Mosque shooting survivor from SA gets surprise visit from New Zealand PM

Former Capetonian Ziyaad Shah was surprised by a visit from the Prime Minister of New Zealand Jacinda Ardern on Friday as he was recovering from the bullet wounds he sustained during last week's horrific Christchurch mosque shootings which left 50 people dead. 

Lying down in his hospital bed, 47-year-old Shah, who was born in Grassy Park and grew up in Atlantis, was surrounded by his relieved wife Shamilah, and their three daughters Zakkiyyah, Salaamah and Aadilah as Ardern popped in to visit him.

Sayed Noor Mohamed told News24 that Shah, uncle of his wife Aqeeda Maneveld Mohamed, moved to New Zealand for a better life for his children.

The fitter has been living in New Zealand for 12 years, and is a citizen, coming out to South Africa every few years to visit his beloved family.

His last visit was marked with a group photo on a beach, with everybody smiling and happy.

"We were very worried when we woke up last week Friday," said Mohamed, recalling the mood as news of the mass shooting spread on global news networks.

"We saw a message from his wife and were shocked."

Trapped in mosque

He said that Shah's wife told the family that he had been shot at the Al Noor mosque and had been taken to hospital.

"We were really scared at the time because we never knew if he died or if he was still alive.

"He was lying there, right through the whole thing," said Mohamed.

They subsequently learned that not knowing whether he was going to live or die, his uncle lay quietly saying his prayers, with the shooter a few feet away from him.

He was shot in the buttocks and legs, and was one of the few survivors who were trapped in the mosque.

"It was very terrifying." 

Ziyaad Shah

Former Capetonian Ziyaad Shah and his family receive a visit from New Zealand Prime Minister Jacinda Ardern (Supplied)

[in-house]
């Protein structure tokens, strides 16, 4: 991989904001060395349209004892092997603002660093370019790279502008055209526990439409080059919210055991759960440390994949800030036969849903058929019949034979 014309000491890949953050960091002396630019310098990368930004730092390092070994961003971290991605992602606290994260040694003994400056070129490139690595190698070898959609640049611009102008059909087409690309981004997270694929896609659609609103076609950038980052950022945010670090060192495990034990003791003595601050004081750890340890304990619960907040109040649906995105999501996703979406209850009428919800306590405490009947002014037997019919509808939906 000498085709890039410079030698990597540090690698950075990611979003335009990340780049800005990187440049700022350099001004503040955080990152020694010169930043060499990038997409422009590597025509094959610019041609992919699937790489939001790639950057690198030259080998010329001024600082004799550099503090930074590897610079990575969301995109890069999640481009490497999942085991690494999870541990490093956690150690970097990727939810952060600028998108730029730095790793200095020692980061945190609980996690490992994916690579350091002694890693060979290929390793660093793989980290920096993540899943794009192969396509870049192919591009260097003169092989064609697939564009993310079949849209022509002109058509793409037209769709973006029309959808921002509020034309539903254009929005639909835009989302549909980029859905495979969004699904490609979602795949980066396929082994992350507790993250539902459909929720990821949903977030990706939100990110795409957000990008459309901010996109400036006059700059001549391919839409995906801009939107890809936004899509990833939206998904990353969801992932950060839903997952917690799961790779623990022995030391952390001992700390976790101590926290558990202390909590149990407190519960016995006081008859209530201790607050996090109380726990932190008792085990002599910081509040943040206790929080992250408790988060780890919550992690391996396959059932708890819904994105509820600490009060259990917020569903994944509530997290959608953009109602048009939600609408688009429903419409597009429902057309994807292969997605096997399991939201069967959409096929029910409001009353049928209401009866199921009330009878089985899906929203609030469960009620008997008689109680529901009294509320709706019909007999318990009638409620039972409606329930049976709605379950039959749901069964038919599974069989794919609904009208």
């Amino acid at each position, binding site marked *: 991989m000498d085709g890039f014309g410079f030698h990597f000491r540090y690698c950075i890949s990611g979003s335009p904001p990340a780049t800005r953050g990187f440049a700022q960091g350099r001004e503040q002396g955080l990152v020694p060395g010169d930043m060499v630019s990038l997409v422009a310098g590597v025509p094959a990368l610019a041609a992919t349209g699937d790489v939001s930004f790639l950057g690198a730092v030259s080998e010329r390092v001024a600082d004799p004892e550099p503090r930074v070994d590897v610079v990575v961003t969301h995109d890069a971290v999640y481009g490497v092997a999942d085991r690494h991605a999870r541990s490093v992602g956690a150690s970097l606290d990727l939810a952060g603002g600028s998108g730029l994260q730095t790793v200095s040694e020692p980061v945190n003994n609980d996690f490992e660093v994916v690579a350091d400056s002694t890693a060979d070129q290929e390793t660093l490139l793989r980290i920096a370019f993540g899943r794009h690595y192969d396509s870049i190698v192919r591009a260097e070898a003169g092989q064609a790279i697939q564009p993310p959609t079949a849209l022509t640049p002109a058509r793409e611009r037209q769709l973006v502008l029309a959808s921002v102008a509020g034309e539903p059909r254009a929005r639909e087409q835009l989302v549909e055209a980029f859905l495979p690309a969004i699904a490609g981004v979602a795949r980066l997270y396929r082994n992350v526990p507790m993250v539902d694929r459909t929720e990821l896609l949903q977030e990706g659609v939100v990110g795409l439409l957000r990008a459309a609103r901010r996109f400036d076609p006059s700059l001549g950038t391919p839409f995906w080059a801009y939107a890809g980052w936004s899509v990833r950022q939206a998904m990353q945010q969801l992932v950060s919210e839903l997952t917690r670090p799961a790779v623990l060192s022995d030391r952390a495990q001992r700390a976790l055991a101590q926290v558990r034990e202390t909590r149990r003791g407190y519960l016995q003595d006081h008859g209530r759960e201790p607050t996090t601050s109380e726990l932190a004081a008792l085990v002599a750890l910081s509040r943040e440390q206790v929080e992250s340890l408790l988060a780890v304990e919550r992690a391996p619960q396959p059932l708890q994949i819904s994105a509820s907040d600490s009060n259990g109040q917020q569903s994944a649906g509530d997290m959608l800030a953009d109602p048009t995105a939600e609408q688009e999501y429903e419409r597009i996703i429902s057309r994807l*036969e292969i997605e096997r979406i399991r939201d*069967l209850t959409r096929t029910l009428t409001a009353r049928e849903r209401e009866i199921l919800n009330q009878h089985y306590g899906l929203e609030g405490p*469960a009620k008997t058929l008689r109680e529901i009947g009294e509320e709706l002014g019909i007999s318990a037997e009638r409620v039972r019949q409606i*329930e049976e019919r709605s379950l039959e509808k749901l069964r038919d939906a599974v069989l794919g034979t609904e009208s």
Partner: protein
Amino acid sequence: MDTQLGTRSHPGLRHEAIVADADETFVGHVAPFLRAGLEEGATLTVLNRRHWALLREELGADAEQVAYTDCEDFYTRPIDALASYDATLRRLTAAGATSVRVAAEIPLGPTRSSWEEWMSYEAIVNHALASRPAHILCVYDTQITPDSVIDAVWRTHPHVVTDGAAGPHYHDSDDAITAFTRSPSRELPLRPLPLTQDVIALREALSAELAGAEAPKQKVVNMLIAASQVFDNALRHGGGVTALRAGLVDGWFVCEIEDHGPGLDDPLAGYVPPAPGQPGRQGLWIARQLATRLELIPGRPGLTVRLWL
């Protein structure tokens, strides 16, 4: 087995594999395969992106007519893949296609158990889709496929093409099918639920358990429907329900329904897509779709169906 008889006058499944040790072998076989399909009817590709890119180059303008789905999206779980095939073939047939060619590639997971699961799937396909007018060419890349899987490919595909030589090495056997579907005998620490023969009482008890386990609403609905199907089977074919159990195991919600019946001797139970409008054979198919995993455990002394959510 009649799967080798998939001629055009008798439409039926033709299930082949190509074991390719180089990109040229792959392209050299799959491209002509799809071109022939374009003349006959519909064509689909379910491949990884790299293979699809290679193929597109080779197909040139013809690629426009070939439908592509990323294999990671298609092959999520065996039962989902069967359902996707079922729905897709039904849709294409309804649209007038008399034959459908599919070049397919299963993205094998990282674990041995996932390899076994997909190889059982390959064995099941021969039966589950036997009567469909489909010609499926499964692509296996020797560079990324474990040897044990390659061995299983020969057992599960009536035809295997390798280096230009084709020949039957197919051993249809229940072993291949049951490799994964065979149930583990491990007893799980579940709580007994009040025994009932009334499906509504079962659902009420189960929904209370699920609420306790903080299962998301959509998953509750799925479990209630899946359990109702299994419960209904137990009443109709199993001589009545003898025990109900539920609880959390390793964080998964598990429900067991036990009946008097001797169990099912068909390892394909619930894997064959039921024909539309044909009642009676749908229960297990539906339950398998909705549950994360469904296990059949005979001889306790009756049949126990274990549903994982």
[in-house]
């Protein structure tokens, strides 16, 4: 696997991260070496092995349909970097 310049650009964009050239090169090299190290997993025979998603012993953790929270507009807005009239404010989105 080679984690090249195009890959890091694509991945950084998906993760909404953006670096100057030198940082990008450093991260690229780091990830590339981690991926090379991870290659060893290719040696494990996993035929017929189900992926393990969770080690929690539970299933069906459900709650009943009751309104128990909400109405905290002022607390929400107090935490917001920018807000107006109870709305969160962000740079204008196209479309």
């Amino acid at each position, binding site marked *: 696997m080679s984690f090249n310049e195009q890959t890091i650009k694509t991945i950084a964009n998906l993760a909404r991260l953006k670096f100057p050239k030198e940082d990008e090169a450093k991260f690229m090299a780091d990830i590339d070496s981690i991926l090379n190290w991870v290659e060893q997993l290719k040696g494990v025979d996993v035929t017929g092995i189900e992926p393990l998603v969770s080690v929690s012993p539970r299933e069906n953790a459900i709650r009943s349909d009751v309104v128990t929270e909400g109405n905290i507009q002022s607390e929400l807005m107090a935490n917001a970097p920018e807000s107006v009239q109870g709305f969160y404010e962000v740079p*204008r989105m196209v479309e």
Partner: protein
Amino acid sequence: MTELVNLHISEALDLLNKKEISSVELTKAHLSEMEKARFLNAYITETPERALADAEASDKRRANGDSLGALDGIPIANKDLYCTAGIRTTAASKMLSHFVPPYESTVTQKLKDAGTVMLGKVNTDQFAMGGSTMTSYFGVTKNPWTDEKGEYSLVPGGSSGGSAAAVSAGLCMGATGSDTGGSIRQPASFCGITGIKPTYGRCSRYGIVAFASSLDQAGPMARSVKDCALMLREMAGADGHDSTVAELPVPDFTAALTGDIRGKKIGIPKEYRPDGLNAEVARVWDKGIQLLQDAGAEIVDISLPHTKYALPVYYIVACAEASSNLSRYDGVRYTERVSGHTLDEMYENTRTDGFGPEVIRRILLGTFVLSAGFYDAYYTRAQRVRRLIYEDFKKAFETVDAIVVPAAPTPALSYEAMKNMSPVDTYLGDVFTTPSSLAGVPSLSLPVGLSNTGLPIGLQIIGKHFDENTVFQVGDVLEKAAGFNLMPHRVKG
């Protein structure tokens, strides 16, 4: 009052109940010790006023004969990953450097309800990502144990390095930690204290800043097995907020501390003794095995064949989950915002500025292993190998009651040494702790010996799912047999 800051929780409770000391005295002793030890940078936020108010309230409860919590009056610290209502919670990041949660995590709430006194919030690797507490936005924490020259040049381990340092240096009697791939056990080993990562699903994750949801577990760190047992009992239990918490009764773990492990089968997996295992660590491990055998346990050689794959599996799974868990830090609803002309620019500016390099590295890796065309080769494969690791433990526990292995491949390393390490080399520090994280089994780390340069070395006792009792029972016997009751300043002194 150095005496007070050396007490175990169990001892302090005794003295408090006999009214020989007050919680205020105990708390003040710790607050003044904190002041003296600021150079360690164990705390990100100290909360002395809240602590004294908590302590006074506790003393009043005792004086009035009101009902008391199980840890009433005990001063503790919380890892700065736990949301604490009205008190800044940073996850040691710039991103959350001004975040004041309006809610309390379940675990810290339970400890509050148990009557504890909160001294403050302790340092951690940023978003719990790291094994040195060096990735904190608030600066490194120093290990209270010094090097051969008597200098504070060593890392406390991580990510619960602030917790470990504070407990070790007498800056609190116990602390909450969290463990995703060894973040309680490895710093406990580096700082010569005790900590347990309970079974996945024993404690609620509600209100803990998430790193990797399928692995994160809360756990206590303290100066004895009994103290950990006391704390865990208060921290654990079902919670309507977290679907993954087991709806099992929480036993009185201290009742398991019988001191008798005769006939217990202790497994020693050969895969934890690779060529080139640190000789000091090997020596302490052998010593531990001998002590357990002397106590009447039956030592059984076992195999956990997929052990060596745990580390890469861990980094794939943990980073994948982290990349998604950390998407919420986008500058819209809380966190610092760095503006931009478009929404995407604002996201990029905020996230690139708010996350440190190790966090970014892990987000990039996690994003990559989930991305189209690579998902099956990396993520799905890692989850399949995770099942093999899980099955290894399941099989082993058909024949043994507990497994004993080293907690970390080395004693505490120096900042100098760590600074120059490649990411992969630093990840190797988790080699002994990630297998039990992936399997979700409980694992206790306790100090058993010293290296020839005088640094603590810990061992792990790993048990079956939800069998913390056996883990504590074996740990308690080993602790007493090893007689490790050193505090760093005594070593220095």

Mohamed said his workplace, the Cape Town Islamic Educational Centre, was among those that sent condolences and well wishes to everybody affected by the shootings.

He said his uncle is a kind-hearted man who would never say anything bad about anybody.

"He's a man of peace and even prior to the attack he always loved every race and every religion. He always speaks good and thinks good about everyone."

The Shah family said that although the shooting shocked them, they had been surrounded by care and support in New Zealand from people from all walks of life.

His son-in-law, Mohsin, who was born in Kuwait, was also terrified by the attack.

"It was overwhelming to them to see so many New Zealanders, Muslim, non-Muslim, coming together to meet them."

Mohamed says Shah still believes New Zealand is safe.


We live in a world where facts and fiction get blurred
In times of uncertainty you need journalism you can trust. For only R75 per month, you have access to a world of in-depth analyses, investigative journalism, top opinions and a range of features. Journalism strengthens democracy. Invest in the future today.
Subscribe to News24
Lockdown For
Voting Booth
When assisting your child with remote learning this year, did you:
Please select an option Oops! Something went wrong, please try again later.
Follow the school's comprehensive sexuality education (CSE) curriculum?
13% - 215 votes
Adjust the CSE curriculum to suit the family's morals?
23% - 378 votes
Ignore the schools CSE programme and do your own teaching?
63% - 1023 votes
Brent Crude
All Share
Top 40
Financial 15
Industrial 25
Resource 10
All JSE data delayed by at least 15 minutes morningstar logo